Waatea News Update

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Location: Auckland, New Zealand

Tuesday, April 29, 2008

Clark blasts Nats’ treaty obstruction

The Prime Minister isn't expecting any help from National in getting treaty settlements through this year.

Helen Clark says there's a huge flurry of activity on historical claims under her deputy Michael Cullen, with proposals for negotiations or heads of agreement coming to Cabinet almost every week.

She says it takes time to build up steam in the process, and it should be remembered the previous National government only completed two major claims in nine years.

It had backing from the Opposition that Labour can't count on.

“Ever since John Key became leader of the Opposition they seemed to stop voting for treaty settlements. We’ve had to get on and do it ourselves and work with other more sympathetic parties and I sometime find that when Labour’s in government the National Party just block things. When they were in government we used to support treaty settlements because we thought they were in the interests of New Zealand,” Ms Clark says.

She says on current indications it appears Maori will meet the September deadline to lodge all historic claims.


A cancer researcher is calling for more funding into why Maori more likely to die from cancer as Pakeha.

Gabi Dachs, from the University of Otago, says the cancer rate for Maori is about the same as Pakeha, but Maori men are about one and a halt times more likely to die and Maori women almost twice as likely.

She says no one is looking into the ethnic disparity, and whther it has a cultural, sociological or biological cause, or a combination of factors.

“We're quite a small country and what I think is a major message here is that this is an issue that ius New Zealand in turn and it needs to be done by New Zealand researchers. Nobody in America or the UK is going to look at this, so it’s very important this work is carried out here to understand more about it,” Dr Dachs says.

Greater understanding of cancer biology among Maori could leads to changes in treatment regimes and more culturally appropriate screening programmes.


He is used to being behind the scenes, but Lewis Whaitiri will soon have his face beaming live to the world.

The up and coming Maori Television producer has been chosen to travel the world with five others for a British-made reality tv show tied in with social networking site Bebo.

The Gap Year will take the six from Iceland to the Amazon, filming them as they experience new cultures, meet new people, and experience events.

Mr Whaitiri says he's relishing the chance to share the Maoritanga instilled into him growing up in rural community in Whangara on the East Coast.

“For me it's a privilege to be the face of New Zealand and to be the face of Maori and share it with the wider world. Everybody only knows us as the haka and there’s more to us than just the haka so hopefully on this trip I’m able to share this with everybody around the world,” Mr Whaitiri's says.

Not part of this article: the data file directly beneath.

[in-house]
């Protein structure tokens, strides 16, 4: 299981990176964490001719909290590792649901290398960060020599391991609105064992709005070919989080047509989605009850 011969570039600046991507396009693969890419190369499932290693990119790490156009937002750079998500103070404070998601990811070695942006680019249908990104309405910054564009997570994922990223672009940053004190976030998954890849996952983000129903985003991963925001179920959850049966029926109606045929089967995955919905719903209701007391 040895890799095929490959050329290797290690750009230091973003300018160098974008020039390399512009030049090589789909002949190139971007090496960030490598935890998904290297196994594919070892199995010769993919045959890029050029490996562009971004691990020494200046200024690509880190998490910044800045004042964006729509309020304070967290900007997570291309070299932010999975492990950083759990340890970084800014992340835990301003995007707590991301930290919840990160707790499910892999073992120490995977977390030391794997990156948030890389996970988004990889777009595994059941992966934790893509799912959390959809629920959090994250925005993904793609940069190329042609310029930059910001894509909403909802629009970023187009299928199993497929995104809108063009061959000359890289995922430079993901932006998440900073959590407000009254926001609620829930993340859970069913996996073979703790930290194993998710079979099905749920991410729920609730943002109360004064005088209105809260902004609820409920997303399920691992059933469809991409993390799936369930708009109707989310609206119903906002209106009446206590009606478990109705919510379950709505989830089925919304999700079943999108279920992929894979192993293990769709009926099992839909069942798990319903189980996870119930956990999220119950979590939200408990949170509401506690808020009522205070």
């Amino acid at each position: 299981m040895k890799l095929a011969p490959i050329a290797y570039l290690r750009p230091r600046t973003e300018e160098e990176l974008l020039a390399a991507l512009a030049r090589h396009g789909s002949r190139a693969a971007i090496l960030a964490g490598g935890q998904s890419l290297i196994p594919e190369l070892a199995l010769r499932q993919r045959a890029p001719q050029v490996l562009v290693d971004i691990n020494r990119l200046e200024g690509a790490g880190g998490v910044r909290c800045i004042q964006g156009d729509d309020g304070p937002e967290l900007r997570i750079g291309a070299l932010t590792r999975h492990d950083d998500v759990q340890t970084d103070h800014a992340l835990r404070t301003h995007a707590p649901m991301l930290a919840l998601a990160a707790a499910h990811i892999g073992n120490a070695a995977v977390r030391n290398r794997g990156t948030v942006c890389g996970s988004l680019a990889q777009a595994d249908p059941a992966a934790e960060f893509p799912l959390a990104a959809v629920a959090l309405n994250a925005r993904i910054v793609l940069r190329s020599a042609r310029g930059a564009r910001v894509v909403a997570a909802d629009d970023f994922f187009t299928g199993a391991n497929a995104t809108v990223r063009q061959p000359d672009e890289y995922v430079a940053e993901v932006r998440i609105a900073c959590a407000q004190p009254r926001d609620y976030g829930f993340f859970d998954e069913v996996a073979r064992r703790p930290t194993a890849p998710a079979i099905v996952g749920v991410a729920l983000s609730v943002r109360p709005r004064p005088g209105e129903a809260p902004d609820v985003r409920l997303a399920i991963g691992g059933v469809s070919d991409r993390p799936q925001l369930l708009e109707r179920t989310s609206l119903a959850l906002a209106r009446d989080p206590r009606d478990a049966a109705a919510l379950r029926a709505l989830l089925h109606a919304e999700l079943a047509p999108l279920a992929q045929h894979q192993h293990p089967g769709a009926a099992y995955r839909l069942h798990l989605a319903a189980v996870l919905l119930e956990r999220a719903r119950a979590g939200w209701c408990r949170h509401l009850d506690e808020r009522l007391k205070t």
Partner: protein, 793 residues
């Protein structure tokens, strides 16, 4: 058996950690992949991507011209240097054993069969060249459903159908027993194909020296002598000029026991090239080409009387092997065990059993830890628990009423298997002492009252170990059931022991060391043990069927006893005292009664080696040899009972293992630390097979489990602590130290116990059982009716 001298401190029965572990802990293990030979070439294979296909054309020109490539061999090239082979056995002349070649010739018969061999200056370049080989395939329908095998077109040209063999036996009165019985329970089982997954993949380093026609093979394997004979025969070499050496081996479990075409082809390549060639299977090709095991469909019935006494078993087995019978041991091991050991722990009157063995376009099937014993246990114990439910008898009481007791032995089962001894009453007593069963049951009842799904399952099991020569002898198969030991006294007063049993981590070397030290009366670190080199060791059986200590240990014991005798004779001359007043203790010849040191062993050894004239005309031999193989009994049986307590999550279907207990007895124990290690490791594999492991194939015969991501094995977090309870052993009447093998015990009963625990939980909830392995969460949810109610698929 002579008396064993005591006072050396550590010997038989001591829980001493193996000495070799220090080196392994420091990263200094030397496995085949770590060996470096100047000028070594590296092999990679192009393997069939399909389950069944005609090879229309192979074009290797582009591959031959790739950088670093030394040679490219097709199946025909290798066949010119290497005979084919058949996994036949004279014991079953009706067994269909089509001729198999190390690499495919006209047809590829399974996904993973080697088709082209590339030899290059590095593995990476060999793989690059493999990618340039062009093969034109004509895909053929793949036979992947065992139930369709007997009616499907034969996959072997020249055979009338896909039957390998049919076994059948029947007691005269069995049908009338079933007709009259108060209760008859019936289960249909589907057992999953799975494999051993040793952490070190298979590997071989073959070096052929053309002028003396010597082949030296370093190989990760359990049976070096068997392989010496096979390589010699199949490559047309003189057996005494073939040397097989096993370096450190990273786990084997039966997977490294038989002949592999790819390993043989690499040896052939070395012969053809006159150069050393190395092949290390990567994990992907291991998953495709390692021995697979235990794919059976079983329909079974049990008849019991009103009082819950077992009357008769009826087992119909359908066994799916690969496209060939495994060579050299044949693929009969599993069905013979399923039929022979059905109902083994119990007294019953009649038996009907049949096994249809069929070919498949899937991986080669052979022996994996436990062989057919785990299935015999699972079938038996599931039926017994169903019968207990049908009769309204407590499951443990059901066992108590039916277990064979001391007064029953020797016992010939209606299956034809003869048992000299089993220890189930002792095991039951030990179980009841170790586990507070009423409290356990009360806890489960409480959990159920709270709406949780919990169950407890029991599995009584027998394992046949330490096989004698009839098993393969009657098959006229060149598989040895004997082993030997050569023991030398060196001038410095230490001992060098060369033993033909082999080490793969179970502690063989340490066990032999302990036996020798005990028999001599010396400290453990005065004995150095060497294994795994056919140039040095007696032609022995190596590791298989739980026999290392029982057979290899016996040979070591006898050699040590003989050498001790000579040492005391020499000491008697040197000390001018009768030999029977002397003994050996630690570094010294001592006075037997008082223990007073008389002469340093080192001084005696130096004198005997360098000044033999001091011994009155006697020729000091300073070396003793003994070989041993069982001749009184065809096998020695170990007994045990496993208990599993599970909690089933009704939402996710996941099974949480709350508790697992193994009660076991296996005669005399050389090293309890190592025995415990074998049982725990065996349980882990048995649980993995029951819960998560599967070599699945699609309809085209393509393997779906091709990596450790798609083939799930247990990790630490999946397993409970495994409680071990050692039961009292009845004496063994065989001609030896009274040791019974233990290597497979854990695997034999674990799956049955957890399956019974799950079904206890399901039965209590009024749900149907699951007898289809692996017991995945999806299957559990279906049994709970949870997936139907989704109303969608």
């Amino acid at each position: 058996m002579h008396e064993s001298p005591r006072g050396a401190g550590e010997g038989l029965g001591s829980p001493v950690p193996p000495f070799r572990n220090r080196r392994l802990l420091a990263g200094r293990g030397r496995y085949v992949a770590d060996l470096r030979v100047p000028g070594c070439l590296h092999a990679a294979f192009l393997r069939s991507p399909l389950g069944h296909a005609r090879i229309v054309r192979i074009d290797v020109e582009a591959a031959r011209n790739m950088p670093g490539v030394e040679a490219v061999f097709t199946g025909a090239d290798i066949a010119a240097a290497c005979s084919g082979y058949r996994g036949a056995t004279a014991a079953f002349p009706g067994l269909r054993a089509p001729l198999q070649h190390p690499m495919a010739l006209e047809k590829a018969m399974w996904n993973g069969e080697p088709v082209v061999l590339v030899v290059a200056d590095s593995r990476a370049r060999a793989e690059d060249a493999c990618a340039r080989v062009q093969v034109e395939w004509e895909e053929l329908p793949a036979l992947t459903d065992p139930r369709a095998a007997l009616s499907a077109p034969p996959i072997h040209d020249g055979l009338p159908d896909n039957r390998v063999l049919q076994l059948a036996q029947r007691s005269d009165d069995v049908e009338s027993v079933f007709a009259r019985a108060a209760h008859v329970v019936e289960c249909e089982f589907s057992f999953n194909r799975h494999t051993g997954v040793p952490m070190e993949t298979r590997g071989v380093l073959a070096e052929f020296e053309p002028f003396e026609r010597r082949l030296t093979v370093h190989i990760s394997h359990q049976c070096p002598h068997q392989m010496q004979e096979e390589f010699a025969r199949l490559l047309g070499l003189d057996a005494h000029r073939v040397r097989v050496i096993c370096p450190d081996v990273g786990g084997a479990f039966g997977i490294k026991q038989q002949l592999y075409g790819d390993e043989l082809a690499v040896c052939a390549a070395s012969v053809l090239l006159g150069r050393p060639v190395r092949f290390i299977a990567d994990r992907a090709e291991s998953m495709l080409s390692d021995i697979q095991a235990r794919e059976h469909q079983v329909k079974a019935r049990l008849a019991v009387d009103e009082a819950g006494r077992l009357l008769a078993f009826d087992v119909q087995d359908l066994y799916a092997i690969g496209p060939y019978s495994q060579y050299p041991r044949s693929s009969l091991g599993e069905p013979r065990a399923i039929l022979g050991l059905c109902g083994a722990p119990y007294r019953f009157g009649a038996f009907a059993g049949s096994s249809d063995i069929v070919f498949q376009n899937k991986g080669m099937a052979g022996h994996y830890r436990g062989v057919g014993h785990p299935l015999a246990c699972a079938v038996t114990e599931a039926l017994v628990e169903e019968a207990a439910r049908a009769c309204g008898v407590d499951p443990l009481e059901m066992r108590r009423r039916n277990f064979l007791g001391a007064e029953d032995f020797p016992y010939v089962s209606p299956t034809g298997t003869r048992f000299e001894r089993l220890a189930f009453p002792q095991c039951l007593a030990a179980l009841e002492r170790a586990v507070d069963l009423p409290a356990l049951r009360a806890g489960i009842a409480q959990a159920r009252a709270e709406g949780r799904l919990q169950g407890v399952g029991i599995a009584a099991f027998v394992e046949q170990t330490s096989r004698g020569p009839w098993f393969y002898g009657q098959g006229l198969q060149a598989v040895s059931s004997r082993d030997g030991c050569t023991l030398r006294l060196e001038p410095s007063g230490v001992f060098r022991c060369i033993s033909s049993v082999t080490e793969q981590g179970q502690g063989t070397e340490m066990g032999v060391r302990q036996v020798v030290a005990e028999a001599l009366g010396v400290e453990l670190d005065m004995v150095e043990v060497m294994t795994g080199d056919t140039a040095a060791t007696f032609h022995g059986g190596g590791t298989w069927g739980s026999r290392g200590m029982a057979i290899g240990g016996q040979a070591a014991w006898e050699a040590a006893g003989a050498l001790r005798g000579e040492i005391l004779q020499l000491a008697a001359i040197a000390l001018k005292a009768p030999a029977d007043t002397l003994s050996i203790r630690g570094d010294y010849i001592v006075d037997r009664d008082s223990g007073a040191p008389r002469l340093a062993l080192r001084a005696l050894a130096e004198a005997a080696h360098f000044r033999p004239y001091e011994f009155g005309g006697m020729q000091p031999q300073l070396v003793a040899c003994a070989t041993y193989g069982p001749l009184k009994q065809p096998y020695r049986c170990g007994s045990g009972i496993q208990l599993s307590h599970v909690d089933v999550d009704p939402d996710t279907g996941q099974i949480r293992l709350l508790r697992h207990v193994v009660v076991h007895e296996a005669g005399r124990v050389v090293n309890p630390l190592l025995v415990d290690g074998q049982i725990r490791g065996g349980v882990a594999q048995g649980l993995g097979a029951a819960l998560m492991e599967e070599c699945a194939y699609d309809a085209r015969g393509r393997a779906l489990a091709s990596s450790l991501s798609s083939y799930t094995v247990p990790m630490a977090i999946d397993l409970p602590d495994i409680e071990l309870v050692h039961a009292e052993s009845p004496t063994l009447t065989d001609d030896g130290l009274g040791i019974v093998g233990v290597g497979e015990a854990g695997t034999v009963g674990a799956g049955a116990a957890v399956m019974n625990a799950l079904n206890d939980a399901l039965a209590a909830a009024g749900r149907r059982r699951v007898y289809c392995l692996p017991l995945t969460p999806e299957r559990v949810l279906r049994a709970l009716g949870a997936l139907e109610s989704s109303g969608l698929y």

His journey begins on May 21.


The Association of University Staff is welcoming the reinstatement of an expert in Maori art history Auckland University.

The Employment Relations Authority ordered the university's vice chancellor to give Rangihiroa Panoho his job back in the art history department, and pay him $25,000 compensation.

Marty Braithwaite, the association's deputy secretary, says it clearly wasn't a legitimate redundancy by the university, because the topic continued to be taught by less qualified staff.

“It simply decided it was going to cut a couple of the positions, chose Dr Panoho as one of the people and sacked him. Now they clearly targeted the person and not the position because the authority found that the various components of his position remained,” Mr Braithwaite says.

Dr Panoho was back on the payroll from Monday, but he's still waiting to here if the university will appeal to the Employment Court.


Te Karere presenter Scottie Morrison is heading to Oxford University.

The Unitec adjunct professor has been invited to the Oxford Round Table in July, making him only the third New Zealander to present to the prestigious forum.

The year's round table is on the theme of biculturalism, and Professor Morrison's paper looks at how the 1987 Maori Language Act has affected relations between Maori and Pakeha.

My passion is Maori language. I thought how could I relate the Maori language into the wider topic of biculturalism and I looked at the Maori Language Act and I was at a conference held by Te Taura Whiri, the Maori language commission earlier on this year where it was discussed that there was no reference to Maori language being indigenous, and I was thinking what were the impacts of that,” Morrison says.


As families around the country tuck into field mushrooms brought on by autumn weather, a specialist in traditional Maori foods says fungi was an important food source for pre European Maori.

Charles Royal says the old people knew which varieties were edible, and which ones to avoid.

He's been into the bush over the past week harvesting hakeka or jew’s ears from fallen trees.

He says the fungus was one of the country's first export crops.

“Maori used to harvest and export hakeka or ear fungus to China in large quantities because it’s high in carbohydrates and low in proteins. The Chinese would thinly slice it and use it in cleansing the blood, so it was also a medicine for the Chinese people as well,” Mr Royal says.

He's busy gathering other fruits of the forest for the annual wild food challenge in a fortnight.


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